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Bosnia's quest for justice

In the space of six days in July 1995, almost 8,000 Bosnian Muslim men and boys were systematically massacred by Serb forces in and around the town of Srebrenica. Infamously, Dutch peacekeeping troops and the wider international community failed to protect the 40,000 Muslims who had gathered in the town, which had been declared a 'safe area' by the UN Security Council.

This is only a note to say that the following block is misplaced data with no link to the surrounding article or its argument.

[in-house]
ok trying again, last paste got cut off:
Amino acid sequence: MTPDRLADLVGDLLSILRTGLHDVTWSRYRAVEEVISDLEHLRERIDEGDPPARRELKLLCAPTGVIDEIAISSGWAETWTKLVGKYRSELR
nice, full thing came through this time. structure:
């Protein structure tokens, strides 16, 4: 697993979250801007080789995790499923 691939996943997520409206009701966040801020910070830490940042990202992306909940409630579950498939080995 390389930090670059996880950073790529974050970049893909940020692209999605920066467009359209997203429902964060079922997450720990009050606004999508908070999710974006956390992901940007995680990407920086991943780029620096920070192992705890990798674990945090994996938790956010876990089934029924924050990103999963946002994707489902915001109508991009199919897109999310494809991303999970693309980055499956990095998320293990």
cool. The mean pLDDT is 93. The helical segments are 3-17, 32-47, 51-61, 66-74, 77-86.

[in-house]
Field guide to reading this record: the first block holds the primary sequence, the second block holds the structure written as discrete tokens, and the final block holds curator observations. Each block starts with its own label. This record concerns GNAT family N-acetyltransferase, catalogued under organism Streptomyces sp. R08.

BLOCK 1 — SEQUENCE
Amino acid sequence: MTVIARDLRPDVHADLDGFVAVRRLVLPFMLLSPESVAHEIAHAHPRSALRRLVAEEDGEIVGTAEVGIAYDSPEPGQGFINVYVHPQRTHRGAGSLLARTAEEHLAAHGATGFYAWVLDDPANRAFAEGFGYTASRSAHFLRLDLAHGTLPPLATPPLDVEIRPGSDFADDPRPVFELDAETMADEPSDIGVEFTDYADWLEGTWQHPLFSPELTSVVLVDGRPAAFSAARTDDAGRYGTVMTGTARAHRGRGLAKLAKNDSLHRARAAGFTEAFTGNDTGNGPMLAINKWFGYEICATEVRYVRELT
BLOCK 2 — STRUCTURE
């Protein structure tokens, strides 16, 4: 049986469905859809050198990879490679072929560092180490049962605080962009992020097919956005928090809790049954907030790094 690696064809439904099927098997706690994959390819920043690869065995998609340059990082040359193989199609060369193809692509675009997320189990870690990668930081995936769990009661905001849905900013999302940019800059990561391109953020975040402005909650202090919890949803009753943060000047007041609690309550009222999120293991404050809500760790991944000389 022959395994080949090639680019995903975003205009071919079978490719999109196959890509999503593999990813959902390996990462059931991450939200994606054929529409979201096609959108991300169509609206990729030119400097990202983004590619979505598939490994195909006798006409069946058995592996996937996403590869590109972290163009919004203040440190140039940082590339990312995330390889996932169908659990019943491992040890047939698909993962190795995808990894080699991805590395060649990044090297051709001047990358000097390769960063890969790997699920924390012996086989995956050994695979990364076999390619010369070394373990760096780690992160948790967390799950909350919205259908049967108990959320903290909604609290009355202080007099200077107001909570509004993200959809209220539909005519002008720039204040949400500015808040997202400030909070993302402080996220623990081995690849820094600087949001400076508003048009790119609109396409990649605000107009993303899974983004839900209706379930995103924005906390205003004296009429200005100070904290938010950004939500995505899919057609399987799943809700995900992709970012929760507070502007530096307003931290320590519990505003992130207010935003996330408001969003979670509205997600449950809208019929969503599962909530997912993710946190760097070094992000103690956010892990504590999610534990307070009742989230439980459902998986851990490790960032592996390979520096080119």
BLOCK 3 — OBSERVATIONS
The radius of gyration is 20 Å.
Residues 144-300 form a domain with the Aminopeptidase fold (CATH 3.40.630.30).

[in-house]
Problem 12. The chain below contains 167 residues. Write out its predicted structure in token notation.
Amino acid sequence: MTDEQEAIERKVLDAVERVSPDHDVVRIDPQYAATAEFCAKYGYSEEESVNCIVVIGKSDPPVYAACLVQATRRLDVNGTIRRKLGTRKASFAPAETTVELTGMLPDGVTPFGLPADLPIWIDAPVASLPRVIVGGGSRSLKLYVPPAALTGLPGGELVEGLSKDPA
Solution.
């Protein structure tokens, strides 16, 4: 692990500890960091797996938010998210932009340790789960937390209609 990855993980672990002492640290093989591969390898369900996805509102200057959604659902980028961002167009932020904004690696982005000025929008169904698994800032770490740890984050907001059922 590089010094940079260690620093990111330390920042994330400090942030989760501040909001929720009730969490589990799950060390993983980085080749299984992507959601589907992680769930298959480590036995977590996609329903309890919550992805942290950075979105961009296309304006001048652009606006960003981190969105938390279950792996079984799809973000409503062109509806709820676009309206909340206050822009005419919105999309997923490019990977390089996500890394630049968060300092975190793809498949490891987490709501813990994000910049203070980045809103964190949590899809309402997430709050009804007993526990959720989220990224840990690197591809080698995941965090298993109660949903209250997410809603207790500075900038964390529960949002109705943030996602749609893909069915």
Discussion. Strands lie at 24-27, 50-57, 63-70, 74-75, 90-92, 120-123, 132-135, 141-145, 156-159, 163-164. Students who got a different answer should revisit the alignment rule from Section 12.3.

Fifteen years on, tens of thousands of lives remain defined by the events of those few days. The massive endeavour to locate, exhume, identify and return the remains of the dead to their relatives will go on for many years. The area is now part of the Republika Srpska, which is administered by Bosnian Serbs, but some of the Muslim survivors have begun to return to their old homes. Andrew Testa met and photographed several of these people, as well as some of those who remain displaced. In March 2010, Serbia's parliament passed a landmark resolution apologising for the massacre. "The parliament of Serbia strongly condemns the crime committed against the Bosnian Muslim population of Srebrenica in July 1995," said the text.
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